There won’t be a post-spring break re-acclimation for a small group of social work students at The University of Alabama.
Instead, they’ll sit before members of Congress on Capitol Hill to advocate for three bills related to social work during the first University of Alabama (UA) School of Social Work Policy and Advocacy Washington, D.C., Fly-In on March 21-22 in Washington, D.C.
The program will provide UA BSW and MSW students with the opportunity to analyze and advocate for one of three bills: S 3434: Violence Against Women Veterans Act; HR 1290: Improving Access to Mental Health; and HR 253: Family First Prevention Services. Ohio State University asked UA to join the event, and 50 students were selected to participate.
The Fly-In will mirror one of the components of UA’s long-running D.C. MSW internship program, which provides field education, policy practice and advocacy opportunities. UA’s School of Social Work added a BSW D.C. program in 2014.
“The Council on Social Work Education put forth an initiative to incorporate more policy and advocacy experiences in our curriculum, so we decided it would make sense to work with what our school has done in D.C. for the last 38 years,” said Carroll Phelps, field coordinator for the Washington, D.C., internship programs. “We wanted to give students an experience of policy and advocacy in Washington for those who couldn’t participate in our BSW and MSW DC internship programs.”
The DC Fly-In is a first-of-its-kind collaboration between two prominent schools of social work, said Dr. Vikki Vandiver, dean of the UA School of Social Work.
“Led by each institution’s field education program, this event will provide students a rare opportunity to mix and mingle in a close-up and personal way with key politicians and national leaders in the social work profession — doing so in the very heart of government,” Vandiver said. “I have no doubt this experience will be transformative for our students not only now but for their future.”
Students will have a full slate of events with speakers from policy and advocacy agencies, training at the National Association of Social Workers, tours, a panel discussion on social work careers led by MSW DC alumni, receptions with members of Congress and policy practice training, particularly in the points of emphasis and how to communicate effectively.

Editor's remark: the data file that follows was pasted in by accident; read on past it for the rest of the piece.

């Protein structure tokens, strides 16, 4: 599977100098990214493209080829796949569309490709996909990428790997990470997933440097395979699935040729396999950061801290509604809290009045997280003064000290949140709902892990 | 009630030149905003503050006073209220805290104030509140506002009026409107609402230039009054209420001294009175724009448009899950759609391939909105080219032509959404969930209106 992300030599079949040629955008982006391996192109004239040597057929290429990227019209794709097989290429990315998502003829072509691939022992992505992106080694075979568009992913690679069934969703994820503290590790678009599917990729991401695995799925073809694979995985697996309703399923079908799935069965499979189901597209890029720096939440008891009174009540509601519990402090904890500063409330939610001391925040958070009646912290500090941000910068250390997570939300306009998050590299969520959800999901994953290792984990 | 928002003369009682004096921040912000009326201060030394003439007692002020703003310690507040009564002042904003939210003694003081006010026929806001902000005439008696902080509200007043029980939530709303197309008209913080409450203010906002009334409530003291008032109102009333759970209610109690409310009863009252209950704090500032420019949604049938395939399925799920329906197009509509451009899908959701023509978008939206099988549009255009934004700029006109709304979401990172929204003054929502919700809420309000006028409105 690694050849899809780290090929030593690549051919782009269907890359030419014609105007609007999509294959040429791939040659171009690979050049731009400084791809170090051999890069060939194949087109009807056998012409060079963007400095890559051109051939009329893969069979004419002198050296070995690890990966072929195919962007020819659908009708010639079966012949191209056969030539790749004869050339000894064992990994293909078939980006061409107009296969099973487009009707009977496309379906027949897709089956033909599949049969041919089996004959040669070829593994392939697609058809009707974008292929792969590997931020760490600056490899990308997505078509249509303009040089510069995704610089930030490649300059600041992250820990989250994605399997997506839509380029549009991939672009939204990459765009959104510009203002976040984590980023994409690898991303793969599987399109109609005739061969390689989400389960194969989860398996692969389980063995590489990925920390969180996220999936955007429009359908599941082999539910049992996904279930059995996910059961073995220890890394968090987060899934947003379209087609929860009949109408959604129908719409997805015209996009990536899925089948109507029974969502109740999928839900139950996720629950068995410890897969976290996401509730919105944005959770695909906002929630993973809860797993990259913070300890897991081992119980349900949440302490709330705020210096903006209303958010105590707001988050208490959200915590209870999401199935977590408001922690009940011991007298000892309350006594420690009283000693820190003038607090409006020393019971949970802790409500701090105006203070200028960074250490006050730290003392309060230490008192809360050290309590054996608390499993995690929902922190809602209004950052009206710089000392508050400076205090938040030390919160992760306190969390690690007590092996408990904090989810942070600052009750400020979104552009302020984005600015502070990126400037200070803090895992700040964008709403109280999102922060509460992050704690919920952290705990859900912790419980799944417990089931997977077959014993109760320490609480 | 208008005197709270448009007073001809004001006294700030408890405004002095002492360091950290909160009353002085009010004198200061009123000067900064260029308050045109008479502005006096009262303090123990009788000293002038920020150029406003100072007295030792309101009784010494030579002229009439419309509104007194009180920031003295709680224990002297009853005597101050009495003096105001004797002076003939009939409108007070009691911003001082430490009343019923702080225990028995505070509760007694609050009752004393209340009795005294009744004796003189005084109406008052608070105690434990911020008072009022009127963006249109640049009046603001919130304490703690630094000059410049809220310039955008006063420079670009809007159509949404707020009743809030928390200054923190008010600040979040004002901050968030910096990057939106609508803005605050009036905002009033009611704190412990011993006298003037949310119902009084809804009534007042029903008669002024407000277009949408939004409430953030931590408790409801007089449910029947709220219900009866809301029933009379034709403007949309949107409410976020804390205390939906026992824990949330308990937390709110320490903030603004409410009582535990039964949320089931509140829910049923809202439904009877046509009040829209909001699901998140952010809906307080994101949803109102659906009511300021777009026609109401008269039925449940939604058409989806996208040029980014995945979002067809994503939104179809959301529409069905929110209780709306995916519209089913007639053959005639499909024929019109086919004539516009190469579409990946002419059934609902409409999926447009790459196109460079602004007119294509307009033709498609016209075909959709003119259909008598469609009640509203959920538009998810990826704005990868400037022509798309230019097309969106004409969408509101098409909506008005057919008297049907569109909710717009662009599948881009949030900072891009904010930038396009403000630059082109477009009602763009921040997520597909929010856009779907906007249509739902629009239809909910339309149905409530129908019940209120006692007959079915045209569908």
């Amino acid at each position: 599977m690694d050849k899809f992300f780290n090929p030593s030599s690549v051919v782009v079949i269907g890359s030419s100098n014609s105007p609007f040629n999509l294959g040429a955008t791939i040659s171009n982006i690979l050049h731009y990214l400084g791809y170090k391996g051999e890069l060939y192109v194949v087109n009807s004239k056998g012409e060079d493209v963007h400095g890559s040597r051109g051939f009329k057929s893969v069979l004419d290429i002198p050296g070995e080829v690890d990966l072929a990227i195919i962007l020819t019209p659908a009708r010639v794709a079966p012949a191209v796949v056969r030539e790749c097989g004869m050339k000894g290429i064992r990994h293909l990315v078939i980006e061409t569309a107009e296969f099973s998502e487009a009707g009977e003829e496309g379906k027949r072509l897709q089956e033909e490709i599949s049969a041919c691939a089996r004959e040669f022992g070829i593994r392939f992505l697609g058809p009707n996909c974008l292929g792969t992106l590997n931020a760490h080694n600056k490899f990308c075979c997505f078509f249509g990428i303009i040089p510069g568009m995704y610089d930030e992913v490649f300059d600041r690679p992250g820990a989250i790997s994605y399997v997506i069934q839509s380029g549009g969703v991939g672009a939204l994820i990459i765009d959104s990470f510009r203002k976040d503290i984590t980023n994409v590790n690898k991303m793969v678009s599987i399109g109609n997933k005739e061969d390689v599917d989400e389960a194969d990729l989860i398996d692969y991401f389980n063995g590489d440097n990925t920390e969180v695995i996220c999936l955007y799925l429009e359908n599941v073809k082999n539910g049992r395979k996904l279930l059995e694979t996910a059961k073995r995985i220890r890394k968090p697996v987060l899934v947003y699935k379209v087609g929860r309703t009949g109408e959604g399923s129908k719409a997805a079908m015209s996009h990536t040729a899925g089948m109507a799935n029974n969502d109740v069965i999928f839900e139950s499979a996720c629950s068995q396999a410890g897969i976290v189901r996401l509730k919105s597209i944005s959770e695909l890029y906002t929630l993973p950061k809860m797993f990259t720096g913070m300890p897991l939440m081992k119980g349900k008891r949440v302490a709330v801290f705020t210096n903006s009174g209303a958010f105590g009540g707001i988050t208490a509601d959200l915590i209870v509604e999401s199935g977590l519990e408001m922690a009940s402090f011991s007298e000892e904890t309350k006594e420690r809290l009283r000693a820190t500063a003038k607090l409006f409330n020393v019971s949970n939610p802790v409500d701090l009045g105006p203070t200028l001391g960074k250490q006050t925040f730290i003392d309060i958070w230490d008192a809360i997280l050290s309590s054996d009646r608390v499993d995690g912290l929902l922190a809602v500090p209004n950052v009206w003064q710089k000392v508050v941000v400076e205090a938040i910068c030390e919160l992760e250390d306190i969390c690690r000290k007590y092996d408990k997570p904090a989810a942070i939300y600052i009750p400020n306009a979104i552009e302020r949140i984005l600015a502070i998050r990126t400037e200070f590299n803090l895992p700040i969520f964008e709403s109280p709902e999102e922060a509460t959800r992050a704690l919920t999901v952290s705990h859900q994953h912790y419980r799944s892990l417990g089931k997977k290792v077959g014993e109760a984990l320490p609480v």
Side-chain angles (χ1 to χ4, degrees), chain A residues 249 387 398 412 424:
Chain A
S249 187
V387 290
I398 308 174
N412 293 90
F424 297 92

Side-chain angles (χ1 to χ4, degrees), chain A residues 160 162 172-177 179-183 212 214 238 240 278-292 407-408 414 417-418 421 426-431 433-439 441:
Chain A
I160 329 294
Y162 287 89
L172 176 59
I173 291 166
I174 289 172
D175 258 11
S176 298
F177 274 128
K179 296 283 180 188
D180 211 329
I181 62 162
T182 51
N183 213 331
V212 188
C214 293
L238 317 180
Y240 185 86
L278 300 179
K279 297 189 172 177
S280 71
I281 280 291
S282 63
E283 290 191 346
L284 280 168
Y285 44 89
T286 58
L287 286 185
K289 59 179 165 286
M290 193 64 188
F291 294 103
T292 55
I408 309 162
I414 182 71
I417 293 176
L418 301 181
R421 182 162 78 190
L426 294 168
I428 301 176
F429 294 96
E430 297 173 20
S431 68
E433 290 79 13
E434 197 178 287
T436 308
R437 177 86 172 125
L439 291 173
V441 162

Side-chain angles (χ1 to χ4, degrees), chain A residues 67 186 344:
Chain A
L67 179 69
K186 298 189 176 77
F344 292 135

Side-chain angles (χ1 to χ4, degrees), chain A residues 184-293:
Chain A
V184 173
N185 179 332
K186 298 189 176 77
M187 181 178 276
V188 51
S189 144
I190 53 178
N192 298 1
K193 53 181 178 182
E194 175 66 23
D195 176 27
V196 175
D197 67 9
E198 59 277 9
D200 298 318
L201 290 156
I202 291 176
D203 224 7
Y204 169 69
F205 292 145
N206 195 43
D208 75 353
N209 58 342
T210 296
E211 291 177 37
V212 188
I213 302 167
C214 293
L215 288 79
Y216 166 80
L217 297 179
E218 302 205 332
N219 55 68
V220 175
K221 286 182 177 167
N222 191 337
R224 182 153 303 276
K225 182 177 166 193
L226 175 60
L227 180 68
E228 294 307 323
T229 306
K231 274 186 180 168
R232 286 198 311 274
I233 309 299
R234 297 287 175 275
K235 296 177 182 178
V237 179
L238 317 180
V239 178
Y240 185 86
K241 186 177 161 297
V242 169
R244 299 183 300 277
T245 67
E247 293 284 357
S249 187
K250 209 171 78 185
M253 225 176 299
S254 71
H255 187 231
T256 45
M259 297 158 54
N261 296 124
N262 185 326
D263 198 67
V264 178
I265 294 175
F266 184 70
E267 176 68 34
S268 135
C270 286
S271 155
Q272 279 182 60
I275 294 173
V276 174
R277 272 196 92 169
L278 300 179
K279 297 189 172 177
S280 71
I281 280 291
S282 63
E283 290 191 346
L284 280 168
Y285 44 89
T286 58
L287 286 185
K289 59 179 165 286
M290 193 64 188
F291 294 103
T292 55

“They’ll all be involved in advocacy at some point, whether it’s for an individual client to get services or for a group of clients to be able to have access to resources,” Phelps said. “Teaching them on this national level, where they go before members of Congress, will prepare them to do that on any level.”
Alexi Bolton, a sophomore BSW and business student from Madison, was assigned to HR 253: Family First Prevention Services, which would restructure the funding requirements for family interventions. Current law provides more available funding when a child is removed from a home and placed in foster care than funding for preventive measures, Bolton said. Bolton said she is looking forward to working with the current students in D.C. to craft a strategy for presenting this policy.
Bolton hopes to have a career in nonprofit administration and already has experience implementing service projects, both through an art camp in her hometown of Madison and through 57 Miles, a UA Honors College development program in Perry County. Her previous experiences in those projects have shaped her interest in policy analysis.
“Someone once said to me that the problem with policy is not that it’s poorly written, it’s that policy makers don’t understand the field,” Bolton said. “So doing the service work and giving back allows me an avenue to see what this policy is directly affecting.”
Jonathan Harrell, a MSW student from Birmingham, participated in the undergraduate Washington internship program. He, like Bolton, is interested in how policy changes as it moves from the ground level to the House floor.
“In reading and understanding laws, things jump off the page, and you begin to apply them to real-life situations at the ground-level to determine how effective it can be,” Harrell said. “Do people have a realistic chance to get the resources? Reading it is one thing — but what are the true outcomes? I’m interested in becoming a health policy analyst, so this is a great opportunity for me.”
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